If you spend any time on Twitter, you no doubt have seen people posting certain Pitt players wearing uniform numbers that correspond with the number of days left until the football season kicks off. Jim did it last year and this year, Pat Narduzzi has been doing it.
I know we have a lot of younger readers here and also some folks that may not have spent their entire lives following Pitt sports. For that reason, I thought it would be cool to not only do the countdown here, but also give a brief writeup on the player to potentially help fans connect a little more with some of the all-time greats.
Quick disclaimer - this isn't necessarily about picking the best player for each number. Not only is that disputable in many instances, but it's not really the point of the exercise. So don't be offended if your favorite player doesn't make the list here. I'll probably mirror Narduzzi's list for the most part but may go off the board in a few instances.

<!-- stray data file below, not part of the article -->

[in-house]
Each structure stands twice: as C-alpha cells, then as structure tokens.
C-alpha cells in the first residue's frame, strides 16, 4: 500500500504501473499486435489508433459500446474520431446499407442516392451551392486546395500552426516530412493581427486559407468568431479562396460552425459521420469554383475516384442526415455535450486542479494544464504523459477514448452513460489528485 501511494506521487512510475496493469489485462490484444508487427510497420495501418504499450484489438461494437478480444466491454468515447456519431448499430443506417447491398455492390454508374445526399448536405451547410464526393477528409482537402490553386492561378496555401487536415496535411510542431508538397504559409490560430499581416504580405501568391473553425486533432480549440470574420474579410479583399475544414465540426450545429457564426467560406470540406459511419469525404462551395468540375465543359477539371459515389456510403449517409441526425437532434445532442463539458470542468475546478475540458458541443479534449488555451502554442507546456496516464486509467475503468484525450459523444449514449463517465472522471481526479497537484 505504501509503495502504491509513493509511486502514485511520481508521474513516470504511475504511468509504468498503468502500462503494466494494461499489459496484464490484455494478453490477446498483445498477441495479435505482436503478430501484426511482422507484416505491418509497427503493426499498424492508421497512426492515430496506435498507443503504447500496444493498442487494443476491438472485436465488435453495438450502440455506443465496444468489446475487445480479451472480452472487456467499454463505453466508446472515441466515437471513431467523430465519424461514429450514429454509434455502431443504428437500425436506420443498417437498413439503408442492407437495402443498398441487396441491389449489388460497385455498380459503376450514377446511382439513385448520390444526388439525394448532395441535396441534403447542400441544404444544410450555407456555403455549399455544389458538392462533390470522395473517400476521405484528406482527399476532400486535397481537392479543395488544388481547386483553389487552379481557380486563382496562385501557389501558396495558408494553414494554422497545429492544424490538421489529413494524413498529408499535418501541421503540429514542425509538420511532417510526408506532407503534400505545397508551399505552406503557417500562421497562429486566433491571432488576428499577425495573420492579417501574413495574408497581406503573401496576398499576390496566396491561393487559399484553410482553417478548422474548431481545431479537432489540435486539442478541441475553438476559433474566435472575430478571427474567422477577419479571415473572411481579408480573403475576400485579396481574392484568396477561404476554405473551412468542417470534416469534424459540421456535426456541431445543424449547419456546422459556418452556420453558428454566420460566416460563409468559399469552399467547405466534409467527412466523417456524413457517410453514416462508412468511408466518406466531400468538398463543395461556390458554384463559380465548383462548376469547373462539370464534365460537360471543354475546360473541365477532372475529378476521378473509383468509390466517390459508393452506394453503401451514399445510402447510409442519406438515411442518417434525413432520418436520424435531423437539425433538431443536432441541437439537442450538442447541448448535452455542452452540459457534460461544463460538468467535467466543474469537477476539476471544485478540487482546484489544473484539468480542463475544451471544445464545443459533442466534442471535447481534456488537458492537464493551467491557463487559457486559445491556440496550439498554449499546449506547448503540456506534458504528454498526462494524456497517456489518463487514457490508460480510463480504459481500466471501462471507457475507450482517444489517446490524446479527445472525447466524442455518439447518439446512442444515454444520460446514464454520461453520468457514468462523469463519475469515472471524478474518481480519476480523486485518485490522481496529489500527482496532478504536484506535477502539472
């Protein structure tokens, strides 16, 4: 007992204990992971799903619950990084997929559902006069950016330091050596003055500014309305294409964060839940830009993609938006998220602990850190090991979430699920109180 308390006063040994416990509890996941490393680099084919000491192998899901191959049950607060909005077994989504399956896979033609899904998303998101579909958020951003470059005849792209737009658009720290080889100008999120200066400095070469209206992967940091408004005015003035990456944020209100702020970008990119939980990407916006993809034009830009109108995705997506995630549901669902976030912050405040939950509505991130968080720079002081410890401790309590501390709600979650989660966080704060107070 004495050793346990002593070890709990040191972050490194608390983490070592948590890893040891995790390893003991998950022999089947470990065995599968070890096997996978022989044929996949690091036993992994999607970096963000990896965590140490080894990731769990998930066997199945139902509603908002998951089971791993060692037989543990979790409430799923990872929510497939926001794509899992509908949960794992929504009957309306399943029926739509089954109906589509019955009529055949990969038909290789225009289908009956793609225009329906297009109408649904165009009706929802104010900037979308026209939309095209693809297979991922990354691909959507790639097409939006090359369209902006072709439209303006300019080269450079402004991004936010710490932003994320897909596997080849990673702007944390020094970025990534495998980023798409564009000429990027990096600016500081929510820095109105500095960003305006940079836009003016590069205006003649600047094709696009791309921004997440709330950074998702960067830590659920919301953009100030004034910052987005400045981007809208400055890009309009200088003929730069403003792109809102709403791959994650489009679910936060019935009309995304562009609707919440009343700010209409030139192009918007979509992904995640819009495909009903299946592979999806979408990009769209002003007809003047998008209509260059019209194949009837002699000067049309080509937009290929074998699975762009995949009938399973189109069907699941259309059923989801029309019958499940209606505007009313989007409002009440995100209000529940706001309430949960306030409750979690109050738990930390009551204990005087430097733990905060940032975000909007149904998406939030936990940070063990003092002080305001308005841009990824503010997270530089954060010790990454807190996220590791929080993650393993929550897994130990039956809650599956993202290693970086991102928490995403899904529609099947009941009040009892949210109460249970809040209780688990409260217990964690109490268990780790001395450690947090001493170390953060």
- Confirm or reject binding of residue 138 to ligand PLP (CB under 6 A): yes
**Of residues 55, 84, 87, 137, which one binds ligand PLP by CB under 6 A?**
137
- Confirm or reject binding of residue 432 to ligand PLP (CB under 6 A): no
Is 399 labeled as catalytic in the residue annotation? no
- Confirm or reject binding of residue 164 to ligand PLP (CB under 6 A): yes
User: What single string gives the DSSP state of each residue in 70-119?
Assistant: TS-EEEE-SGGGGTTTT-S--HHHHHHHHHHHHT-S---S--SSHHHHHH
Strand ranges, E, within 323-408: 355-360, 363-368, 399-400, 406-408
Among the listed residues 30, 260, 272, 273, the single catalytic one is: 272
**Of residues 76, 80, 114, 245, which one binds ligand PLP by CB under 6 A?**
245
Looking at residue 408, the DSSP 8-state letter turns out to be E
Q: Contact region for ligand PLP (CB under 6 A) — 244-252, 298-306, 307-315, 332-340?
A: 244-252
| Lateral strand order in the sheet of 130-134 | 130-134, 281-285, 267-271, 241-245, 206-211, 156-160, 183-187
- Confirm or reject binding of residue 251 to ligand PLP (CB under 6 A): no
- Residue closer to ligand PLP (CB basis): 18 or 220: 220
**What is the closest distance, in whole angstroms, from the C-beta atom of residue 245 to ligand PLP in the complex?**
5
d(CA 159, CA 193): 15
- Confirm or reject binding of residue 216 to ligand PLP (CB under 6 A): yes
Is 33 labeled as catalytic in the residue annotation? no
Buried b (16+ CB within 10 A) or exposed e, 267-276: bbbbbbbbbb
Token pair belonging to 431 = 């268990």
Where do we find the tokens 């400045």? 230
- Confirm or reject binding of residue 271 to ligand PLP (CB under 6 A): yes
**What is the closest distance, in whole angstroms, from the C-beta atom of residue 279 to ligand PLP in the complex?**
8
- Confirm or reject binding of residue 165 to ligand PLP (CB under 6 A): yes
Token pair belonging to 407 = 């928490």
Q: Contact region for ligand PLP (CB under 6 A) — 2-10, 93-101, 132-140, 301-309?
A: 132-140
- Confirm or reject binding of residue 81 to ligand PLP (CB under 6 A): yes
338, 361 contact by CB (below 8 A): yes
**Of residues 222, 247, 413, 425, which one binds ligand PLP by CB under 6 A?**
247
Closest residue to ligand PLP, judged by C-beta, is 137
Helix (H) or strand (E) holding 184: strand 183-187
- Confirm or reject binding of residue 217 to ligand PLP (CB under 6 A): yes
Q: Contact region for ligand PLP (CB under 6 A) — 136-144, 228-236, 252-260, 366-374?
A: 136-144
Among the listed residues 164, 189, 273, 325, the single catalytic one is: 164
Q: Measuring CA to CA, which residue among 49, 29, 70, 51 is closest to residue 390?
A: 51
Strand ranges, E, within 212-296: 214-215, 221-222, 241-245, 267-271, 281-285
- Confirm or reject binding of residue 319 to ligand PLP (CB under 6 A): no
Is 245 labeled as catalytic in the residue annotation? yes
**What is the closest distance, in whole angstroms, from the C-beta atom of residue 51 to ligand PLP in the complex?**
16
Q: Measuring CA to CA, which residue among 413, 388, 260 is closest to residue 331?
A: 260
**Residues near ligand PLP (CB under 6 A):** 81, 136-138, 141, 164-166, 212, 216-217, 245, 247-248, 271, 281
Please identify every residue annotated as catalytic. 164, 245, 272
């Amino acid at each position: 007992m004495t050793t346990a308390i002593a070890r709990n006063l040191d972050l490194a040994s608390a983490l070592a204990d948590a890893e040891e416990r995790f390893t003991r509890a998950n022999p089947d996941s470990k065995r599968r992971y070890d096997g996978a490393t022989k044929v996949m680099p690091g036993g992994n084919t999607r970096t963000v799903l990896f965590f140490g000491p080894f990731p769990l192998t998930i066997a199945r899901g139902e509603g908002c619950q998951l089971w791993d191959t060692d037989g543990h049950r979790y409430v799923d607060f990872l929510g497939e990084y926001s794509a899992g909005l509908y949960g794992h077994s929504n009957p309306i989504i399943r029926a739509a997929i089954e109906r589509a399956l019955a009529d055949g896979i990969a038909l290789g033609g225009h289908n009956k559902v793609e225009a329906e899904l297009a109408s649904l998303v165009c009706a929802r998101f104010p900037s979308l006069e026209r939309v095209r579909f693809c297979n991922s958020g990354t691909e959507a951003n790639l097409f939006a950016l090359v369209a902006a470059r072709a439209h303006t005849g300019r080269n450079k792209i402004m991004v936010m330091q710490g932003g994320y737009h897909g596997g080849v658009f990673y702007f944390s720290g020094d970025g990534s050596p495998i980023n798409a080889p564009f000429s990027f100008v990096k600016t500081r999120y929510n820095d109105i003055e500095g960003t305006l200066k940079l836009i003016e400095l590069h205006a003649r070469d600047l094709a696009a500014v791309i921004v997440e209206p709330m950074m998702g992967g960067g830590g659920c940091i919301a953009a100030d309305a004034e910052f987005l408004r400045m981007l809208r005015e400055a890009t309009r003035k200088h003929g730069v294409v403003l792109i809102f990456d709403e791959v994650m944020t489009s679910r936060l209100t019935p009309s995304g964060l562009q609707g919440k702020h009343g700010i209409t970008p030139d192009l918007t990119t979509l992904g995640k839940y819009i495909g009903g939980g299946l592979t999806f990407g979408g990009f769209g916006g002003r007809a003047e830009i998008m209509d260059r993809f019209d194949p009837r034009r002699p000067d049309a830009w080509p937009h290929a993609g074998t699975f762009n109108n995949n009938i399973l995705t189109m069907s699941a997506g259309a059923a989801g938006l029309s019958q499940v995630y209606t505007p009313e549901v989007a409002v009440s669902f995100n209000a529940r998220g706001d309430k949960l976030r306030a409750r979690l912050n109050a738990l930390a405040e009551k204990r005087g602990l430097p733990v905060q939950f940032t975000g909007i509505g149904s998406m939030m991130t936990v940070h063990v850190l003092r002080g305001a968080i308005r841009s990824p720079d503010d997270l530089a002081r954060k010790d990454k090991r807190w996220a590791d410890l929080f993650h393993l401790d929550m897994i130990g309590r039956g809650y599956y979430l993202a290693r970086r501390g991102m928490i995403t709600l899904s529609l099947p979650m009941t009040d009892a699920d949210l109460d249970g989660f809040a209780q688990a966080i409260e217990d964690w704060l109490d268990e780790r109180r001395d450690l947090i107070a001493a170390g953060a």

These will also be brief, folks. It's the offseason and we all use this time to wind down a bit. These won't be theses or anything, but we'll cobble together a few facts for each guy.
Finally, feel free to add on to a player's accomplishments in the comments section. Some I'll leave out due to space/time and some I may not even know about. But this will be a good learning exercise for all of us.
Continuing our countdown today is running back Craig Heyward.
Heyward was one of the team's most prolific backs. After a modest freshman campaign, Heyward's Pitt career started to take off as a sophomore when he racked up more than 1,100 yards rushing and receiving with nine touchdowns. That season was dwarfed by a monster year in 1987 when he ran for 1,791 yards and 12 touchdowns. That season he earned consensus first-team All-American honors and left for the NFL in 1988.
Heyward was taken by the New Orleans Saints with the 24th overall pick in the first round and went on to a long pro career. He played 11 years in the league and was a Pro Bowler in 1995 when he ran for a personal-best 1,083 yards. Tragically, he died at the age of 39 after a bout with cancer.
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